However, there are special rules that apply to the interpretation of statutory exemptions. Stege v. Dep't of Treasury, 252 Mich.App. 183, 189, 651 N.W.2d 164 (2002). Our Supreme Court explained:

An intention on the part of the legislature to grant an exemption from the taxing power of the State will never be implied from language which will admit of any other reasonable construction. Such an intention must be expressed in clear and unmistakable terms, or must appear by necessary implication from the language used, for it is a well-settled principle that, when a specific privilege or exemption is claimed under a statute, charter or act of incorporation, it is to be construed strictly against the property owner and in favor of the public. This principle applies with peculiar force to a claim of exemption from taxation. Exemptions are never presumed, the burden is on a claimant to establish clearly his right to exemption, and an alleged grant of exemption will be strictly construed and cannot be made out by inference or implication but must be beyond reasonable doubt. In other words, since taxation is the rule, and exemption the exception, the intention to make an exemption ought to be expressed in clear and unambiguous terms; it cannot be taken to have been intended when the language of the statute on which it depends is doubtful or uncertain; and the burden of establishing it is upon him who claims it. Moreover, if an exemption is found to exist, it must not be enlarged by construction, since the reasonable presumption is that the State has granted in express terms all it intended to grant at all, and that unless the privilege is limited to the very terms of the statute the favor would be extended beyond what was meant. [Detroit v. Detroit Commercial College, 322 Mich. 142, 148-149, 33 N.W.2d 737 (1948) (quotation marks and citation omitted).] See also Stege, supra at 189[, 651 N.W.2d 164]; Guardian Industries Corp. v. Dep't of Treasury, 243 Mich.App. 244, 249-250, 621 N.W.2d 450 (2000).

But these rules do not permit a strained construction that is adverse to the intent of the Legislature. Kinder Morgan Michigan, LLC v. City of Jackson, 277 Mich. App. 159, 165, 744 N.W.2d 184 (2007). MCL 211.7cc(1) provided in pertinent part that "[a] homestead is exempt from the tax levied by a local school district for school operating purposes . . . if an owner of that homestead claims an exemption as provided in this section."[1]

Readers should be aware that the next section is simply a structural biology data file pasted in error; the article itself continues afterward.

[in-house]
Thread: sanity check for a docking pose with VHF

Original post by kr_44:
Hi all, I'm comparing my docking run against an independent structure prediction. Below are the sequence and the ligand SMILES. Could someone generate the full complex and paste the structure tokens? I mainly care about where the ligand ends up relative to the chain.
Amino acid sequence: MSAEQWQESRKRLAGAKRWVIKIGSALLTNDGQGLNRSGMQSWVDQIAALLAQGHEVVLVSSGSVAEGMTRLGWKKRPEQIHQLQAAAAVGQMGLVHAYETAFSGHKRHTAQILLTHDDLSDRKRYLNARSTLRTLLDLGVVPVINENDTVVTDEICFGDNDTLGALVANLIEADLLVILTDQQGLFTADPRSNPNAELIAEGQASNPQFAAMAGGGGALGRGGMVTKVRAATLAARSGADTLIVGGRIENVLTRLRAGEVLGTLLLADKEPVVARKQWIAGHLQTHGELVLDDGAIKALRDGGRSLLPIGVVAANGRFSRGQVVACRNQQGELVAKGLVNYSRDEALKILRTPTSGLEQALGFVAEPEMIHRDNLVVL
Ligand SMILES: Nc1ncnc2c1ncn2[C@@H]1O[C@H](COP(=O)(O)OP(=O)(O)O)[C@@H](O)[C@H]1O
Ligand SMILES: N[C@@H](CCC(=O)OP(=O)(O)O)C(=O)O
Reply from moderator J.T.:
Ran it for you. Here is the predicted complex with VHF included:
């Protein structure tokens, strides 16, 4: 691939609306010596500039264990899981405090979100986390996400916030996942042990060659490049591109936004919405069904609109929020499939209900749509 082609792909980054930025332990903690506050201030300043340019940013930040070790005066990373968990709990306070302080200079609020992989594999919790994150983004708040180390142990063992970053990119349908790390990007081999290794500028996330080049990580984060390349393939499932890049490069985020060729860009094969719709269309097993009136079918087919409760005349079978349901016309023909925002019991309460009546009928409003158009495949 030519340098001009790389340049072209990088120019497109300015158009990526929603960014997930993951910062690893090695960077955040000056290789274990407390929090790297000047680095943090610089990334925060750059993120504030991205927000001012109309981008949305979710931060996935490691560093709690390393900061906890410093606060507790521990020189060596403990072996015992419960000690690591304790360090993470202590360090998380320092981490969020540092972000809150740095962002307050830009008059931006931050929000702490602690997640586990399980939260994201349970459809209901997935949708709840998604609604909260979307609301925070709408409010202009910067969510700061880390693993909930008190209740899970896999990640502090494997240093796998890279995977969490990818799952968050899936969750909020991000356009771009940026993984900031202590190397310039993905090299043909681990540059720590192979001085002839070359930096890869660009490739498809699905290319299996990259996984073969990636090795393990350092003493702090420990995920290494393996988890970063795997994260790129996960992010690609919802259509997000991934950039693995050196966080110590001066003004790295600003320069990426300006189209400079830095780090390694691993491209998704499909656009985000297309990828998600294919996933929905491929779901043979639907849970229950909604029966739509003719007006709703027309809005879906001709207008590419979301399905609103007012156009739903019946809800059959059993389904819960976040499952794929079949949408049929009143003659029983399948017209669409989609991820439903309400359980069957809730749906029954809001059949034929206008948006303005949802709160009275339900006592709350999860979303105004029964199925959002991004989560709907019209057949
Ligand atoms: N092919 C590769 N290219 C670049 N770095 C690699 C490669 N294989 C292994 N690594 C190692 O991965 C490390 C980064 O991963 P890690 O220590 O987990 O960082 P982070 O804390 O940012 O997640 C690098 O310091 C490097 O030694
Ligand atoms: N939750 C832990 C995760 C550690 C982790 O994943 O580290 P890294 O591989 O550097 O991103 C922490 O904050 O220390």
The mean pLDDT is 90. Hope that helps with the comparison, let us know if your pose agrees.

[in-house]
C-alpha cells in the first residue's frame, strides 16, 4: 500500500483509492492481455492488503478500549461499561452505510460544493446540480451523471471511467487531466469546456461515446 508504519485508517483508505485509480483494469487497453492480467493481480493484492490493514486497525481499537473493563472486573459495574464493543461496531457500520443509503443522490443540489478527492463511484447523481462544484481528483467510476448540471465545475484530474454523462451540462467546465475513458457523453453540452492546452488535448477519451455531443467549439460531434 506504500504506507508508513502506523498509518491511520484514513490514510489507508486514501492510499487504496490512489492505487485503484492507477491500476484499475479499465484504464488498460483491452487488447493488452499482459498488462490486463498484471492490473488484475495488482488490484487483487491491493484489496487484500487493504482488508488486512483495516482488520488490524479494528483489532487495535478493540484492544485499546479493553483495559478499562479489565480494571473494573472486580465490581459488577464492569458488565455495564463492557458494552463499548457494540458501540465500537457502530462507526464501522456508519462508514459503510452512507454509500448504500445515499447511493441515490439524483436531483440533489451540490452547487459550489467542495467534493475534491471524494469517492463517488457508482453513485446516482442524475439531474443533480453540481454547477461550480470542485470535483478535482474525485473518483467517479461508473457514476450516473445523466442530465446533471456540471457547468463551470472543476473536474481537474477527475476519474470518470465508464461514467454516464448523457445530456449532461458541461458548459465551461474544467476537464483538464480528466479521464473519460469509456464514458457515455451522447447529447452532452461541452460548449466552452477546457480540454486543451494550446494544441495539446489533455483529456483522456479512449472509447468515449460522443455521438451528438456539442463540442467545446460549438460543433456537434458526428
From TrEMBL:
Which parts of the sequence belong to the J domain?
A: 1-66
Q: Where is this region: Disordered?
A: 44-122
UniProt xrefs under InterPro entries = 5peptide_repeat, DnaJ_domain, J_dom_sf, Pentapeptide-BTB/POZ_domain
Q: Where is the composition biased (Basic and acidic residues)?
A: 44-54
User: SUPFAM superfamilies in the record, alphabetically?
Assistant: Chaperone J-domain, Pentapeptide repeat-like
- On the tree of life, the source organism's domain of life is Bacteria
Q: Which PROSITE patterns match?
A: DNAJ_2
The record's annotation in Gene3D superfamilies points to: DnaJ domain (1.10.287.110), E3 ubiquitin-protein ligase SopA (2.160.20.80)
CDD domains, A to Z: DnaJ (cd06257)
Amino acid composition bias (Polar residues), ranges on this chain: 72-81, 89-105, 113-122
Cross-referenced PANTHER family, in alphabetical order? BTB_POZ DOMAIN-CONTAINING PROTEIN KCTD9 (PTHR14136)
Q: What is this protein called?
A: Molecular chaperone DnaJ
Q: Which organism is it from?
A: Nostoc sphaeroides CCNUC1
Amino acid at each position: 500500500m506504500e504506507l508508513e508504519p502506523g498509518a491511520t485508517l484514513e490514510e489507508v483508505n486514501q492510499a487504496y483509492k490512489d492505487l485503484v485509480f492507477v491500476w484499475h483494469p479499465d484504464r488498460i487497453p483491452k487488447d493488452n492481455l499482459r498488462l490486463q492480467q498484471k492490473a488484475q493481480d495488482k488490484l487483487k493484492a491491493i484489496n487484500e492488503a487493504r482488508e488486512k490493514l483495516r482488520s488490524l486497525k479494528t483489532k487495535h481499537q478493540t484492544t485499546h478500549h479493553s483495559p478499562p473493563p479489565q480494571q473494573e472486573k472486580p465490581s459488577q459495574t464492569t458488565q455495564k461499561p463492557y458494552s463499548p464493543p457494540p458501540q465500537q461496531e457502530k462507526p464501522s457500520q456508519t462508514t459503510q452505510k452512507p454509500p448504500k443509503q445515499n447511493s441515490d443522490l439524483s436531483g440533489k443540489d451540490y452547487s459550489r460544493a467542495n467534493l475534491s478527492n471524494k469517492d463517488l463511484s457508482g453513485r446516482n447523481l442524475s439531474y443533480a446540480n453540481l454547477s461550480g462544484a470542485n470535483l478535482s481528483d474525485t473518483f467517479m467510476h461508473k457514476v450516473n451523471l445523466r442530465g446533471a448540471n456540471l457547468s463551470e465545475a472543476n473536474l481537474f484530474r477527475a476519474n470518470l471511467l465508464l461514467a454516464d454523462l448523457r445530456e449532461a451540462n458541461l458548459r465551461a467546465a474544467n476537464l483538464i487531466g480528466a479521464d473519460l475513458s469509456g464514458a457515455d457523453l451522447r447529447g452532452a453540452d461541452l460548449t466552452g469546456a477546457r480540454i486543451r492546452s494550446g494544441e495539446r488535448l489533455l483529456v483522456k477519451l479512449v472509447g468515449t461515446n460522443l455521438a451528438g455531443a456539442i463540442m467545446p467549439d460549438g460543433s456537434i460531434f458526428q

MCL 211.7cc(2) provided in pertinent part:

An owner of property may claim an exemption under this section by filing an affidavit . . . with the local tax collecting unit in which the property is located. The affidavit shall state that the property is owned and occupied as a homestead 483*483 by that owner of the property on the date that the affidavit is signed.

Under the plain language of MCL 211.7cc(1) and (2), only an "owner" may claim the homestead exemption.[2] MCL 211.7dd, which contains definitions of terms, provided in pertinent part:

(b) "Owner" means any of the following:
(i) A person who owns property or who is purchasing property under a land contract.
(ii) A person who is a partial owner of property.
(iii) A person who owns property as a result of being a beneficiary of a will or trust or as a result of intestate succession.
(iv) A person who owns or is purchasing a dwelling on leased land.
(v) A person holding a life lease in property previously sold or transferred to another.
(vi) A grantor who has placed the property in a revocable trust or a qualified personal residence trust.
(vii) A cooperative housing corporation.
(viii) A facility registered under Act No. 440 of the Public Acts of 1976.

MCL 211.7dd(c) provided: "`Person', for purposes of defining owner as used in section 7cc, means an individual and for purposes of defining owner as used in section 7ee means an individual, partnership, corporation, limited liability company, association, or other legal entity."